Congressman Wants The IRS To Explain Itself

IT Management

Share this Post

It was revealed earlier this week that the IRS probably digs through your email without a warrant during its investigations. It's able to do this thanks to the outdated ECPA which allows government agencies to obtain emails that are more than 180 days old. Now one lawmaker wants the IRS to explain itself.

The Hill reports that Rep. Charles Boustany, chairman of the Ways and Means subcommittee on Oversight, sent a letter to the IRS asking the agency to explain how it obtains emails, and when it thinks it can obtain said emails without a warrant. Boustany asks that the IRS provide the following information by April 26:

  • 1. The IRS's current policy on searching taxpayer emails, including when it believes it must obtain a search warrant and when it does not.
  • 2. Any internal communications, including memos and guidelines, among and between IRS and Department of the Treasury, regarding changes to the IRS's policy on searching taxpayer emails.
  • 3. The IRS's current policy on searching and reviewing taxpayer social media profiles, and any internal memos and guidelines on the matter.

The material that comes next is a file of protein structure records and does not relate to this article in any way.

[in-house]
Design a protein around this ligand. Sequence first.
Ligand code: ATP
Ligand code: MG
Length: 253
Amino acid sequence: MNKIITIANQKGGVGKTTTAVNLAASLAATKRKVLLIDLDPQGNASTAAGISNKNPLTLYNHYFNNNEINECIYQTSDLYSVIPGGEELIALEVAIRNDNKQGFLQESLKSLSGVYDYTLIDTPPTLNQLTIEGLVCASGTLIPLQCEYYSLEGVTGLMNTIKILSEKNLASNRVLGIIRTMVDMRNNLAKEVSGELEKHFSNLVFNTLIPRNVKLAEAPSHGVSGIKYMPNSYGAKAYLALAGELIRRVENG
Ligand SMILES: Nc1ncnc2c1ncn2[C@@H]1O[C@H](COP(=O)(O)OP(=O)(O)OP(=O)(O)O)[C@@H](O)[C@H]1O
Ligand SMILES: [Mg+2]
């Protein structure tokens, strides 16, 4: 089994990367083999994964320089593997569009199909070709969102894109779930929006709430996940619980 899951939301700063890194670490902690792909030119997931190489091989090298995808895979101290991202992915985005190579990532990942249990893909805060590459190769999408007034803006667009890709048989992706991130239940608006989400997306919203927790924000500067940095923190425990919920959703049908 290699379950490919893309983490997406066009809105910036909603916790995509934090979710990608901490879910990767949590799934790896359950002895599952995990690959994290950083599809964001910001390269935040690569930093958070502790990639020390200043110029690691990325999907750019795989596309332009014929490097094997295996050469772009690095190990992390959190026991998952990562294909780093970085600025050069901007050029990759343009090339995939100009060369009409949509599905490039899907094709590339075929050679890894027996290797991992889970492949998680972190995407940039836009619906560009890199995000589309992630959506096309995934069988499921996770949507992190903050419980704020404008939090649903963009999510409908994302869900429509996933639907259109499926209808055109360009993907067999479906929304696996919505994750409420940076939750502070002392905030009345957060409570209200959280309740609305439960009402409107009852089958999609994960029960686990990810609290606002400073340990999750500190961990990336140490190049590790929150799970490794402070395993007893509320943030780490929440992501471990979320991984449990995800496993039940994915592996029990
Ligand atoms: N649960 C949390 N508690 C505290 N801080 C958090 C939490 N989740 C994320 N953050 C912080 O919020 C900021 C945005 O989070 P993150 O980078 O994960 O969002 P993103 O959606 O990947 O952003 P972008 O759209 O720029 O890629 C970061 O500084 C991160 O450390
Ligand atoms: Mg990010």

• 4. What information would the IRS seek in a search of a taxpayer's online social media profiles?
  • 5. How many times has the IRS searched taxpayer emails and online social media profiles between 2010 and 2013? How many taxpayers have been subject to these searches in this time period?
  • The IRS hasn't indicated whether or not it intends to answer the congressman's questions, but it did issue this statement:

    "Our job is to administer the nation's tax laws, and we do so in a way that follows the law and treats taxpayers with respect. Contrary to some suggestions, the IRS does not use emails to target taxpayers. Any suggestion to the contrary is wrong."

    It's important to note that the documents obtained by the ACLU never outright said the IRS obtained emails without a warrant. The agency only said it was possible while saying that Internet users "do not have a reasonable expectation of privacy." Of course, such statements don't exactly inspire confidence, and people want to know if the IRS ever did take advantage of the ECPA to obtain emails without a warrant.

    Even if the IRS did access emails without a warrant, it may not be able to do so much longer. Both the House and the Senate are working on laws that would update the ECPA to require a warrant when government agencies wish to access emails.